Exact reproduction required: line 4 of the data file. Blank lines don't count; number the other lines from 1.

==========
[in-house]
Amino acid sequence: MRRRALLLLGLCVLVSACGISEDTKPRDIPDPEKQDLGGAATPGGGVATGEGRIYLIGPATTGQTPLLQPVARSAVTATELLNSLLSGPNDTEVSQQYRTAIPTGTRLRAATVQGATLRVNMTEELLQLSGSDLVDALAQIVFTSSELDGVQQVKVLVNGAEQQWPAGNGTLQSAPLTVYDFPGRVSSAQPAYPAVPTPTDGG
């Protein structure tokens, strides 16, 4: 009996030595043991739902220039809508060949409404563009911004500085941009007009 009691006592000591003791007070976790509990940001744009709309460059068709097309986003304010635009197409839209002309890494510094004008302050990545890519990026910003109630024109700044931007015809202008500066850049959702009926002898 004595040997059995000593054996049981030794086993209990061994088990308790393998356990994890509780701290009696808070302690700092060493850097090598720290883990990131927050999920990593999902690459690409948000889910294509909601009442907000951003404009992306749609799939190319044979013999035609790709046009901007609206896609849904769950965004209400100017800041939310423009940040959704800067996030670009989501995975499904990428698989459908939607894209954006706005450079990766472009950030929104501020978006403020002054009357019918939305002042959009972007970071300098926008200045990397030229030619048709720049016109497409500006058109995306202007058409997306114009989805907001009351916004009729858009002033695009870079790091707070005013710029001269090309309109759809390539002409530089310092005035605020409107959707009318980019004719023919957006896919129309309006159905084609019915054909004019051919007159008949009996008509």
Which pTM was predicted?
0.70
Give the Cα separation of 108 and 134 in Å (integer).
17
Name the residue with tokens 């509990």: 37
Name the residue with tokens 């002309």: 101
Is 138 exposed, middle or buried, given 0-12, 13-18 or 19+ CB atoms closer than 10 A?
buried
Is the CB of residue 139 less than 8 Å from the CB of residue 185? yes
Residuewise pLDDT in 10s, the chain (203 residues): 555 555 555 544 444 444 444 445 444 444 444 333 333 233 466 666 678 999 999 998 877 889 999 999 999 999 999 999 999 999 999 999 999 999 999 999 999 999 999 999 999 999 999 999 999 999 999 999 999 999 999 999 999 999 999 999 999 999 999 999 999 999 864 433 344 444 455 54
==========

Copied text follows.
Which pTM was predicted?